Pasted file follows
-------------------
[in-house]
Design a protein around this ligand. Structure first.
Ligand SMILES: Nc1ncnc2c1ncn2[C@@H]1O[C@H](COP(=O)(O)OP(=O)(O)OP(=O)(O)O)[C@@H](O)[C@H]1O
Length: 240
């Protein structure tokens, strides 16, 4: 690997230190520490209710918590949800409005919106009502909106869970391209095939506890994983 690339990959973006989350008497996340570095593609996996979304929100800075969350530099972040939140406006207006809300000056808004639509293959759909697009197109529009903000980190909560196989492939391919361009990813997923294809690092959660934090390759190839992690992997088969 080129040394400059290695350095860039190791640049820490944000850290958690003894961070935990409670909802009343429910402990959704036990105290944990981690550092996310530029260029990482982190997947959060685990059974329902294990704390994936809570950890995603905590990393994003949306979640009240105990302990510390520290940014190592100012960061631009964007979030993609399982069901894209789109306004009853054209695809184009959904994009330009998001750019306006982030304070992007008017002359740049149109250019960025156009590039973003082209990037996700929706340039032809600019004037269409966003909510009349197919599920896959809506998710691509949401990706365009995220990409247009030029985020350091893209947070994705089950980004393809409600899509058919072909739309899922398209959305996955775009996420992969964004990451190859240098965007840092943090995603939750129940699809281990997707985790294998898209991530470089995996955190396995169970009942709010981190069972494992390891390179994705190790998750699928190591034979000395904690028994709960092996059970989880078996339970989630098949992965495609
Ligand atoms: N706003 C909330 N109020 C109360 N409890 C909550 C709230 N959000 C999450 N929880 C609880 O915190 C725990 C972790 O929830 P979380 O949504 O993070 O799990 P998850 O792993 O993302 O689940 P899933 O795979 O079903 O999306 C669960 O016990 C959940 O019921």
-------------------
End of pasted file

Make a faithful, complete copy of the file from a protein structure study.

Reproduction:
[in-house]
Design a protein around this ligand. Structure first.
Ligand SMILES: Nc1ncnc2c1ncn2[C@@H]1O[C@H](COP(=O)(O)OP(=O)(O)OP(=O)(O)O)[C@@H](O)[C@H]1O
Length: 240
């Protein structure tokens, strides 16, 4: 690997230190520490209710918590949800409005919106009502909106869970391209095939506890994983 690339990959973006989350008497996340570095593609996996979304929100800075969350530099972040939140406006207006809300000056808004639509293959759909697009197109529009903000980190909560196989492939391919361009990813997923294809690092959660934090390759190839992690992997088969 080129040394400059290695350095860039190791640049820490944000850290958690003894961070935990409670909802009343429910402990959704036990105290944990981690550092996310530029260029990482982190997947959060685990059974329902294990704390994936809570950890995603905590990393994003949306979640009240105990302990510390520290940014190592100012960061631009964007979030993609399982069901894209789109306004009853054209695809184009959904994009330009998001750019306006982030304070992007008017002359740049149109250019960025156009590039973003082209990037996700929706340039032809600019004037269409966003909510009349197919599920896959809506998710691509949401990706365009995220990409247009030029985020350091893209947070994705089950980004393809409600899509058919072909739309899922398209959305996955775009996420992969964004990451190859240098965007840092943090995603939750129940699809281990997707985790294998898209991530470089995996955190396995169970009942709010981190069972494992390891390179994705190790998750699928190591034979000395904690028994709960092996059970989880078996339970989630098949992965495609
Ligand atoms: N706003 C909330 N109020 C109360 N409890 C909550 C709230 N959000 C999450 N929880 C609880 O915190 C725990 C972790 O929830 P979380 O949504 O993070 O799990 P998850 O792993 O993302 O689940 P899933 O795979 O079903 O999306 C669960 O016990 C959940 O019921």